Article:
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Steel Magnolias: Tough Mississippi Laws Protect State Against Measles

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JACKSON, Miss. — The measles outbreak that started in Disneyland last month has now affected at least 130 people in 17 states and Washington, D.C., according to the CDC, but has yet to take hold in Mississippi.

This is the same place with the nation's highest infant mortality rate, and the second highest level of childhood poverty, but when it comes to vaccines for school children, the Magnolia state leads the nation.

"I'm grateful, really grateful that we haven't had any (cases of the measles) and, I'm hoping that it can continue," said Vickie Kendrick, a mom who was at a local clinic.

Last year, 99.7 percent of kindergartners in Mississippi were listed as "fully vaccinated" — compared to say 85 percent in Pennsylvania and 92 percent in California, the epicenter of the outbreak.

So what's Mississippi's secret? Decades ago, the legislature passed a strict mandatory vaccination law for kids — without some of the loopholes found in other states. Here are no exemptions for religious or philosophical reasons. Only rare medical exemptions are allowed.

"The bottom line is that if we don't vaccinate our children we stand the potential for a public health crisis," said Dr. Timothy Quinn, a family practitioner who has been working for 10 years and never seen a measles case.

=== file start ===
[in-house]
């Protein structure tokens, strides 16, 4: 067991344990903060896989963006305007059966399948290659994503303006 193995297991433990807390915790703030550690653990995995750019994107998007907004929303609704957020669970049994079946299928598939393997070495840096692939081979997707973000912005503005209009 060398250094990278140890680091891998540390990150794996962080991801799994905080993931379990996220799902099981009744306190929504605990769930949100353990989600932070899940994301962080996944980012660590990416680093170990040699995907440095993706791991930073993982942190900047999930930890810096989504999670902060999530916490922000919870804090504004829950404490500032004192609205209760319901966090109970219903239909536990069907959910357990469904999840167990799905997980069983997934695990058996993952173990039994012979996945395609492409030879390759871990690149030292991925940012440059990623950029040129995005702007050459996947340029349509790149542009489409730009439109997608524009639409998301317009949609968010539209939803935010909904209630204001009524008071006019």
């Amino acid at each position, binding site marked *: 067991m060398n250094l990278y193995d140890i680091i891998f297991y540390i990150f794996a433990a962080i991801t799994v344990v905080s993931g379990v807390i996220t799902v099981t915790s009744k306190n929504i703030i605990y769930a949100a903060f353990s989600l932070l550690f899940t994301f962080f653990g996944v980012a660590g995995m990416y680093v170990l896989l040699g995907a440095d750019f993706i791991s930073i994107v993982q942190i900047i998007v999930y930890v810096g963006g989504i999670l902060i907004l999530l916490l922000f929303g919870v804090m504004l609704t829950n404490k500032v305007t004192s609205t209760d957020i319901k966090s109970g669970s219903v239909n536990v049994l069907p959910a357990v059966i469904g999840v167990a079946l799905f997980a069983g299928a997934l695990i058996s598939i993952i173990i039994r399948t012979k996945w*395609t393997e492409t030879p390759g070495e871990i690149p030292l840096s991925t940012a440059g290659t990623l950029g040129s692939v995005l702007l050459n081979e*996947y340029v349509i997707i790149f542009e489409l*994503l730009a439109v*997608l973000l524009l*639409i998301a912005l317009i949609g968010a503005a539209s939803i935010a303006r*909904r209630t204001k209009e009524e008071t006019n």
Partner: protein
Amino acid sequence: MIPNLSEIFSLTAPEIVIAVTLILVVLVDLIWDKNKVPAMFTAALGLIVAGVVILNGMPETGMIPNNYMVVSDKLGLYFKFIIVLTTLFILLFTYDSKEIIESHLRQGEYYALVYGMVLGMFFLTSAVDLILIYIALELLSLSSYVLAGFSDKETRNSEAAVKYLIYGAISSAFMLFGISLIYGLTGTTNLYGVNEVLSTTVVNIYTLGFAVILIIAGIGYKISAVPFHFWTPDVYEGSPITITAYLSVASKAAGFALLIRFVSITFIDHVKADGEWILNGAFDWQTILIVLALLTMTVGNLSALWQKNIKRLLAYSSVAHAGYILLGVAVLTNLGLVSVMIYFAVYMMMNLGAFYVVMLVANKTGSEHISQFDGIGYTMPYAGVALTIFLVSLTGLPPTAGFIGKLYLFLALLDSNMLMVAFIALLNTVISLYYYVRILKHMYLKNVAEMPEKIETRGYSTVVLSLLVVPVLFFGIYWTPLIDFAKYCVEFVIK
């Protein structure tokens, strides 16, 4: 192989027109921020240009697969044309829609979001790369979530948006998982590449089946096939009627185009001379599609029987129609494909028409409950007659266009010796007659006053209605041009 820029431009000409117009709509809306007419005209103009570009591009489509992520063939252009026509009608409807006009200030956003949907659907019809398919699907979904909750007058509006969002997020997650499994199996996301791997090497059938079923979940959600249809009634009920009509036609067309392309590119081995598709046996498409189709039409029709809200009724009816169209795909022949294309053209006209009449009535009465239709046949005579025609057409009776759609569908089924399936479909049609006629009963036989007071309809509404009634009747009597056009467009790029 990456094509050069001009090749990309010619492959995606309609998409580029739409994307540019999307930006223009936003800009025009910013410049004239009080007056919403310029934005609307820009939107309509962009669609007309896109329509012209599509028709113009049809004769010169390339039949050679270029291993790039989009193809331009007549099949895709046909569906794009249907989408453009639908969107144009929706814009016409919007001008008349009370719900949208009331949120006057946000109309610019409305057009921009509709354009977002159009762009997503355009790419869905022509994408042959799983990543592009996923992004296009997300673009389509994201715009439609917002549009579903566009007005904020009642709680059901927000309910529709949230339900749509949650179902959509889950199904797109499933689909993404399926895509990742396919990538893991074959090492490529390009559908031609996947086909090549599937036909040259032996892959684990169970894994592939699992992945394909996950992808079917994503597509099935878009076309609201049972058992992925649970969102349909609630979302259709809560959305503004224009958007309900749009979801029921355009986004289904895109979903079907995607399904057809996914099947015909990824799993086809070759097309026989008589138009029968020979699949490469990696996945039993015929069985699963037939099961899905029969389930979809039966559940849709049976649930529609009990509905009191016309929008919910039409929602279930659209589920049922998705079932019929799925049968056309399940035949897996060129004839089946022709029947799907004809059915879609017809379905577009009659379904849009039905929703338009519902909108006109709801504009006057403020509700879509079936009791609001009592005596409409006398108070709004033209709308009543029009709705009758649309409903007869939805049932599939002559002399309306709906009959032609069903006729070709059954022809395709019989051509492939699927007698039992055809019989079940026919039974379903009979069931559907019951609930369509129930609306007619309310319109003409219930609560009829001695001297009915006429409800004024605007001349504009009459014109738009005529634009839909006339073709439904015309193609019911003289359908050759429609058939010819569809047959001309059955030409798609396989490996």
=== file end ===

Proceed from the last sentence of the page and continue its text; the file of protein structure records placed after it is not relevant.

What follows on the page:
MaryJo Perry is not against immunizations — her own kids are vaccinated — but her group, Mississippi Parents for Vaccine Rights, wants more of a choice.

"We feel like parents should be able to do the research on vaccines and be able to discuss these things with their doctors and they out to have the liberty to have vaccine choice," said Perry, who wants lawmakers to make it easier for doctors to grand exemptions.

But state health officials are fighting back.

"This choice of not vaccinating their children actually affects the children around your child, not just your child," said Dr. Mary Currier, with the Mississippi Department of Health.

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A measles vaccine is shown on a countertop at the Tamalpais Pediatrics clinic Friday, Feb. 6, 2015, in Greenbrae, Calif.Eric Risberg / AP

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